There are times when being a mother is one of the most rewarding, uplifting, and awe inspiring careers I've ever experienced - days when I just ooze gratitude for these two little beings who have been entrusted to my care for more than just a few hours. I rejoice in my role and thrill at the chance to take care of the Ankle Biters that are running around my house.

Then there's the last three weeks.

A couple of bony protrusions from the Small One's lower gum line have made each day progressively longer and each night progressively shorter for the past three weeks. She has been spectacularly unhappy. I would be too, I suppose, if my body was trying to tear itself open to allow new parts of it to be exposed.

The Large One is growing too and has been up at all hours complaining that her legs hurt and she can't sleep. This usually happens just as I got the Small One back to sleep after her three am screamfest and was about to lay my head back down on my own pillow. That's after a day of arguments and willfulness that defy logic:

"No, you can't do that."

"But I want to."

"Well, you can't."

"But I want to."

"But the answer is no."

"But I want to."

"No. Stop asking."

I WANT to!"

"I already gave you the answer, I'm not going to tell you again."


"If you say
I want to one more time you're going to have a time out."

"But I
don't want to. Waaaaaaaaaaaaaaaah!!"

Why am I arguing with an irrational four year old? Because I want to.

I remember once when I was a pre-teen and driving somewhere in the car, discussing jobs and careers with my mother. I don't know how we got on the subject; I must have said something derogatory about motherhood.
I was incredibly naive and didn't know much about the world at that point in life. I can only imagine how it would have made my mother feel. Or maybe she was just trying to nip my hubris in the bud... I don't know. But she said to me, "You know, dear, being a mother is probably THE most important thing you will ever do in life." And she was right. I like my job. I feel I provide a valuable service to people most days. I love my career. I believe that what I'm involved in changes lives. I've seen it happen. But all of that pales in comparison to being someone's mother and being responsible for all the decisions that affect that person's life.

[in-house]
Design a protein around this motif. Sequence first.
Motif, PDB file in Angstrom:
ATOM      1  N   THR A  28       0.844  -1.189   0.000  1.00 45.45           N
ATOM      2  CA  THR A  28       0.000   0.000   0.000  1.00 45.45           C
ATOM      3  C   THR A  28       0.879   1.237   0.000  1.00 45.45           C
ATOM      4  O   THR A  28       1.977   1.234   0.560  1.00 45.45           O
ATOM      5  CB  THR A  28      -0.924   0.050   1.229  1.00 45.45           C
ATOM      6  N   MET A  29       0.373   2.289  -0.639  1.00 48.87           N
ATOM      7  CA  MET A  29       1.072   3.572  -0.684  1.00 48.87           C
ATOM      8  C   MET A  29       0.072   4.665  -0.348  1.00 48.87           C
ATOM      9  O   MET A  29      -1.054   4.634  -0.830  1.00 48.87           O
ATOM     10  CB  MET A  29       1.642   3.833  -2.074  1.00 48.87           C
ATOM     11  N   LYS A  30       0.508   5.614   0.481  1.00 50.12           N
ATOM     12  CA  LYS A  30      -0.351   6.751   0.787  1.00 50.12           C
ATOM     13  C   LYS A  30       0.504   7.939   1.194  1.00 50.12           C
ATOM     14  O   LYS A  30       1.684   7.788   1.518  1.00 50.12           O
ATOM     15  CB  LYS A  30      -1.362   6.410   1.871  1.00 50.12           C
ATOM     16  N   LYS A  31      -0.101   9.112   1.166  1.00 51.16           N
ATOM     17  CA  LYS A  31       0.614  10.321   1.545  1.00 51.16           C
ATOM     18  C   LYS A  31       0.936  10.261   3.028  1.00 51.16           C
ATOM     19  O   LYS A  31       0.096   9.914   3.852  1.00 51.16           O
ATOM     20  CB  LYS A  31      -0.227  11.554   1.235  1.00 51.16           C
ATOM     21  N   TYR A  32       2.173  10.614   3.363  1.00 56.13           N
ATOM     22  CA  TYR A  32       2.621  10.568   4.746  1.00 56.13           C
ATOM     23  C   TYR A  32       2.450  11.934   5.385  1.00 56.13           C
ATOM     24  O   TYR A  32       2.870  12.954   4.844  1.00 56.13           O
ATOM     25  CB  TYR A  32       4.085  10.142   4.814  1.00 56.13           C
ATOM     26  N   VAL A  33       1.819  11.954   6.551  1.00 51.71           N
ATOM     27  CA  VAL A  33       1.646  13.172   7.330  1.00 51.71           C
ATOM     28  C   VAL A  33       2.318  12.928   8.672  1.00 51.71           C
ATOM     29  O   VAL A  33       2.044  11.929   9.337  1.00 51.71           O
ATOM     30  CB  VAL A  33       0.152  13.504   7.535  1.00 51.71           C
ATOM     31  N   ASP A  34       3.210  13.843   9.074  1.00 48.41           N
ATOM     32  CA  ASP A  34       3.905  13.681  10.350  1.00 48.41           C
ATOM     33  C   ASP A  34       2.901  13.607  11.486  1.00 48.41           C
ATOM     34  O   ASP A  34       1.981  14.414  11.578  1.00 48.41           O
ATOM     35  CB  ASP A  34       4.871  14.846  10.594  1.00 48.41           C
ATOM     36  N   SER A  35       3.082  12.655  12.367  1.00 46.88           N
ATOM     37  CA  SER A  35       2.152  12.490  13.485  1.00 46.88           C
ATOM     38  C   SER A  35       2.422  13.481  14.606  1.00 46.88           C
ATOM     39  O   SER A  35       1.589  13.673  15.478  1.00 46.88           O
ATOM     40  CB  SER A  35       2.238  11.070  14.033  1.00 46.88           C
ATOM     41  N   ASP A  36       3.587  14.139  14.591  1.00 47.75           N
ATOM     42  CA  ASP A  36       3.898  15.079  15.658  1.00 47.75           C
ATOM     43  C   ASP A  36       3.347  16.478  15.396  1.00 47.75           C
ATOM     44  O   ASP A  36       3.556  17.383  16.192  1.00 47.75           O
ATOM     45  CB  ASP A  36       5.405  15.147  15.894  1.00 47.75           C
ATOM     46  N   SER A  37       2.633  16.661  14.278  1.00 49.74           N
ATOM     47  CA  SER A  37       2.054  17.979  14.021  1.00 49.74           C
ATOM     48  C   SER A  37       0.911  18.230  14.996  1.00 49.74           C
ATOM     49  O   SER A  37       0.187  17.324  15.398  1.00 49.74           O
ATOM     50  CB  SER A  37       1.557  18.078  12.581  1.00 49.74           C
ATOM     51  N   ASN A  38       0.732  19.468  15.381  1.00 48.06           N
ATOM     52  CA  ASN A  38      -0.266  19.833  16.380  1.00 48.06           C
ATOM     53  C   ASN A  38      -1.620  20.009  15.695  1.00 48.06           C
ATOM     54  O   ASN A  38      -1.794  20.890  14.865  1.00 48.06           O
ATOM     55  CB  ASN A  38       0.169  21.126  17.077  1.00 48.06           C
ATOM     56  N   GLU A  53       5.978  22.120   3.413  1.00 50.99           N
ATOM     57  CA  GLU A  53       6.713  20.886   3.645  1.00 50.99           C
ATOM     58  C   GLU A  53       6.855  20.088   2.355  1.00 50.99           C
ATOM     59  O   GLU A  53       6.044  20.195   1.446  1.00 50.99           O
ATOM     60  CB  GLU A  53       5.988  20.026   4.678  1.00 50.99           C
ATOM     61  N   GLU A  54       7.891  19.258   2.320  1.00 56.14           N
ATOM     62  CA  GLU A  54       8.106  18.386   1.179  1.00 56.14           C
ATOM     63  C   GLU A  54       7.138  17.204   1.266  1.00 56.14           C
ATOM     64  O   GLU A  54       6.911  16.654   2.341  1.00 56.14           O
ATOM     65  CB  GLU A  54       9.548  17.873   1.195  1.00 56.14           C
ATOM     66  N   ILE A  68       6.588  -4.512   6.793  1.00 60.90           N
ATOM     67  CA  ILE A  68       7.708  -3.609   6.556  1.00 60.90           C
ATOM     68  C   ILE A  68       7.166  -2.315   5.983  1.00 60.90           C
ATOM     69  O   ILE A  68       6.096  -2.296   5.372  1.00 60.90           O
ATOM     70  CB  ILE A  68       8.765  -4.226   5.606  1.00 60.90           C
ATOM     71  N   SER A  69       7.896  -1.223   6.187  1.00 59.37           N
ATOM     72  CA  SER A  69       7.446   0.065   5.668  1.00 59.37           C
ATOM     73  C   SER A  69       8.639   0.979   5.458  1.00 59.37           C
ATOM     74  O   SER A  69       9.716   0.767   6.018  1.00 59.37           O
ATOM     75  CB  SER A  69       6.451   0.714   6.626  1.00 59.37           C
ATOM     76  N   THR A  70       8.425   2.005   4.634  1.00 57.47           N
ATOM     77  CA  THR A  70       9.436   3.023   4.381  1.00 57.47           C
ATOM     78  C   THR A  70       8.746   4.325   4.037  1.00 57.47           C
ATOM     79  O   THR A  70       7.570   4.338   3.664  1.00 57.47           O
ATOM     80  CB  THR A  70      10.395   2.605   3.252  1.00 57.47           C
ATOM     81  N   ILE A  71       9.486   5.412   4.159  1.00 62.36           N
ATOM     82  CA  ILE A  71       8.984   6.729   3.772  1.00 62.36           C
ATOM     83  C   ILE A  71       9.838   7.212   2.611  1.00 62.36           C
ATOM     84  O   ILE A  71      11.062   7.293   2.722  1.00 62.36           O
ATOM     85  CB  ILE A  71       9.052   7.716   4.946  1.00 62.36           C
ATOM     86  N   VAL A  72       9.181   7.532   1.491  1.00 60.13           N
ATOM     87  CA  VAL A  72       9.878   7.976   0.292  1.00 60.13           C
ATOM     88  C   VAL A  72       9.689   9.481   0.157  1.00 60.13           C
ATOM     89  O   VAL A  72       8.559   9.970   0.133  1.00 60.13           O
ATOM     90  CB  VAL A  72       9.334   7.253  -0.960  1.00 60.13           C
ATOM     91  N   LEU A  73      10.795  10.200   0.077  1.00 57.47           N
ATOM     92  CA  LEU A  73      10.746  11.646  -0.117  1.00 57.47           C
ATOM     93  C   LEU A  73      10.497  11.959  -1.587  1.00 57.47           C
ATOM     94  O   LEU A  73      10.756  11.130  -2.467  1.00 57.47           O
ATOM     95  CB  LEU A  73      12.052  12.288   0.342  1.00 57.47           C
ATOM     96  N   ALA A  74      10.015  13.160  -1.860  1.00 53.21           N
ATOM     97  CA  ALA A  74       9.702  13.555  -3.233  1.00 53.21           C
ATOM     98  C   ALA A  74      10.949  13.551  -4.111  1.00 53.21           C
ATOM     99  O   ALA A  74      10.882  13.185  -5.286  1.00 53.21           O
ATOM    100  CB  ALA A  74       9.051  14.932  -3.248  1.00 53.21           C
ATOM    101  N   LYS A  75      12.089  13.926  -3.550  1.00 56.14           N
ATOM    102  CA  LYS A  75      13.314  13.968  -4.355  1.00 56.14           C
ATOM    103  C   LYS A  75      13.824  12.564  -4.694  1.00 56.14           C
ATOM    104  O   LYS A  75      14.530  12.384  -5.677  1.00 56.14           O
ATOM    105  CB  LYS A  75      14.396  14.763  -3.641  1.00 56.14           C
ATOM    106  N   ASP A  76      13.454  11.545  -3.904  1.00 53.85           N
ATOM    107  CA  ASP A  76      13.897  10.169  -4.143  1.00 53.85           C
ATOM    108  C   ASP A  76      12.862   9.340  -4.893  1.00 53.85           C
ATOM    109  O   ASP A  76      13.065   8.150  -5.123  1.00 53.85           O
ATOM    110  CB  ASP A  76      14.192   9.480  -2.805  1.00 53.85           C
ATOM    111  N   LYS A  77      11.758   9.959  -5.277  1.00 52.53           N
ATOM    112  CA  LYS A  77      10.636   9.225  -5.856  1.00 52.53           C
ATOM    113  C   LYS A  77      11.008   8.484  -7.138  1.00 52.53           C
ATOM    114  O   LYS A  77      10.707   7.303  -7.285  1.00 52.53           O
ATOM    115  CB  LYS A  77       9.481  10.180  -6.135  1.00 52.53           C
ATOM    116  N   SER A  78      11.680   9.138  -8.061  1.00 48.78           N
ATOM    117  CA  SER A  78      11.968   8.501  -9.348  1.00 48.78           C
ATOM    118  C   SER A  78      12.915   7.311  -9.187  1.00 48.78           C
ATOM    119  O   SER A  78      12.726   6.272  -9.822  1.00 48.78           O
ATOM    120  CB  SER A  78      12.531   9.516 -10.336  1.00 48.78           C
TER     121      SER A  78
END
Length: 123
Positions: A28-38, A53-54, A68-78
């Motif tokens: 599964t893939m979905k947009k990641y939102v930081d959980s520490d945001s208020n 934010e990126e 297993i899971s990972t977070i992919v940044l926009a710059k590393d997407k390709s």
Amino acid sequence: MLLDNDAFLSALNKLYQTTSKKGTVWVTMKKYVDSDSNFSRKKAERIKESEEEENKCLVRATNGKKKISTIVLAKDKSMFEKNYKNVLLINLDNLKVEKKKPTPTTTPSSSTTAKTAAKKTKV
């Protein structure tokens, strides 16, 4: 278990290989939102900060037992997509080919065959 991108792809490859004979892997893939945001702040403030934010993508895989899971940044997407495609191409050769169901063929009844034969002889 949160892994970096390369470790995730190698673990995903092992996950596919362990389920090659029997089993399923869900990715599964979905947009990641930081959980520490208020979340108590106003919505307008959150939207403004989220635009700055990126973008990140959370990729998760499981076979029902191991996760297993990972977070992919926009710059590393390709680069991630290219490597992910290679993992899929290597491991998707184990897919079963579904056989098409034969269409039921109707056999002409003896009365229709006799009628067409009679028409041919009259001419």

I'm sure I've said it before, but it bears repeating. I don't think I've ever done anything as difficult, time consuming, physically exhausting and thankless as being someone's mother. It's
HARD, ya'll!

There are nights when I simply can't wait for bedtime and I climb under the covers at 7:00 pm. It's sad and pathetic that I have no life but I couldn't care less if it means I get a break. When the KingofHearts was in the Air Force, one of the worst things about it was that if he hated his job (and he did), he was pretty much SOL. He couldn't improve the situation. He couldn't register a complaint. He couldn't change jobs. He couldn't even quit. So when things weren't going well, it was pretty awful. But even then, he knew that in six years his enlistment would be up and if he so desired, he could have his freedom back again. Six years is a lot shorter time to wait than eighteen (or more).

I'm not so self-pitying as to think it's any more difficult for me than it is for any other parent. In fact, I probably have it a lot easier. The Caterpillar - and The Dormouse before her are incredibly easy children, especially when I look around at some of my friends' babies. I'm just saying that even though I was pretty realistic in my expectations pre-children, it's still turned out to be... what's the phrase I'm looking for?... umm... nothing at all like I thought it would be.

We seemed to have turned a corner this weekend and I got my normally cheerful, easy going baby back for a few days. It's been lovely. She's spent her mornings grinning at me, rolling around the house on the floor, putting her head on my shoulder and I'm reminded of why I wanted to do all this over again in the first place. I guess that's how the next eighteen years will go. Some periods of blissful appreciation followed by the need to suppress the impulse to Fed Ex my children to China... and I know how much it would cost too. So I suppose I'll just enjoy it now and steel myself for the inevitable downturn that's coming. Because if you run your finger across the Caterpillar's upper gum there's another tooth threatening to come in.